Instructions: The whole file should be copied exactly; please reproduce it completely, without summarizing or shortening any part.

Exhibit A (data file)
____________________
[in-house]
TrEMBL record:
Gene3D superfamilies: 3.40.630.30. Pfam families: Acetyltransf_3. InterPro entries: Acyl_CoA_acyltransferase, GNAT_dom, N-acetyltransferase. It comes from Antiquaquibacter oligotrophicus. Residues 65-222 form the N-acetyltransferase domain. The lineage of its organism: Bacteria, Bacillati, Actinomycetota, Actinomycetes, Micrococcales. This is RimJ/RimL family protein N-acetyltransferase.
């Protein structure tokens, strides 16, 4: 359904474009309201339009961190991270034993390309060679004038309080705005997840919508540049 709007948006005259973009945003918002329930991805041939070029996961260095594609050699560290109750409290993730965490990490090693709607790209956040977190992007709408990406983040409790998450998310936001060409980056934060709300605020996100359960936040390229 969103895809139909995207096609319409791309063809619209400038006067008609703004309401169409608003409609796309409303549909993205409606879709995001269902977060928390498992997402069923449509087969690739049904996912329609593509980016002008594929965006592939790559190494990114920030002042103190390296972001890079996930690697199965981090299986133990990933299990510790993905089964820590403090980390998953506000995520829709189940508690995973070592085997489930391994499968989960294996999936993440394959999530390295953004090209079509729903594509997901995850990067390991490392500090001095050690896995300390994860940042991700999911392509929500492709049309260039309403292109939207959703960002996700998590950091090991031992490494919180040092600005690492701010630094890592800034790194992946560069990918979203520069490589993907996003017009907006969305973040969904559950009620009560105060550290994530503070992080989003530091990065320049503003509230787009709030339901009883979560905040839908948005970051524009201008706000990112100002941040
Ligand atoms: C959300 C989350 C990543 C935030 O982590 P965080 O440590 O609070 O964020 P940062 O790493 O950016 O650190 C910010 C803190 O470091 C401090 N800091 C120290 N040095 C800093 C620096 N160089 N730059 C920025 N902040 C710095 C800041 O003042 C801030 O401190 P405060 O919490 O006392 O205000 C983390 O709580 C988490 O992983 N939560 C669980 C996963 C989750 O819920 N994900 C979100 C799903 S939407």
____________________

[in-house]
TrEMBL record:
Gene3D superfamilies: 3.40.630.30. Pfam families: Acetyltransf_3. InterPro entries: Acyl_CoA_acyltransferase, GNAT_dom, N-acetyltransferase. It comes from Antiquaquibacter oligotrophicus. Residues 65-222 form the N-acetyltransferase domain. The lineage of its organism: Bacteria, Bacillati, Actinomycetota, Actinomycetes, Micrococcales. This is RimJ/RimL family protein N-acetyltransferase.
């Protein structure tokens, strides 16, 4: 359904474009309201339009961190991270034993390309060679004038309080705005997840919508540049 709007948006005259973009945003918002329930991805041939070029996961260095594609050699560290109750409290993730965490990490090693709607790209956040977190992007709408990406983040409790998450998310936001060409980056934060709300605020996100359960936040390229 969103895809139909995207096609319409791309063809619209400038006067008609703004309401169409608003409609796309409303549909993205409606879709995001269902977060928390498992997402069923449509087969690739049904996912329609593509980016002008594929965006592939790559190494990114920030002042103190390296972001890079996930690697199965981090299986133990990933299990510790993905089964820590403090980390998953506000995520829709189940508690995973070592085997489930391994499968989960294996999936993440394959999530390295953004090209079509729903594509997901995850990067390991490392500090001095050690896995300390994860940042991700999911392509929500492709049309260039309403292109939207959703960002996700998590950091090991031992490494919180040092600005690492701010630094890592800034790194992946560069990918979203520069490589993907996003017009907006969305973040969904559950009620009560105060550290994530503070992080989003530091990065320049503003509230787009709030339901009883979560905040839908948005970051524009201008706000990112100002941040
Ligand atoms: C959300 C989350 C990543 C935030 O982590 P965080 O440590 O609070 O964020 P940062 O790493 O950016 O650190 C910010 C803190 O470091 C401090 N800091 C120290 N040095 C800093 C620096 N160089 N730059 C920025 N902040 C710095 C800041 O003042 C801030 O401190 P405060 O919490 O006392 O205000 C983390 O709580 C988490 O992983 N939560 C669980 C996963 C989750 O819920 N994900 C979100 C799903 S939407």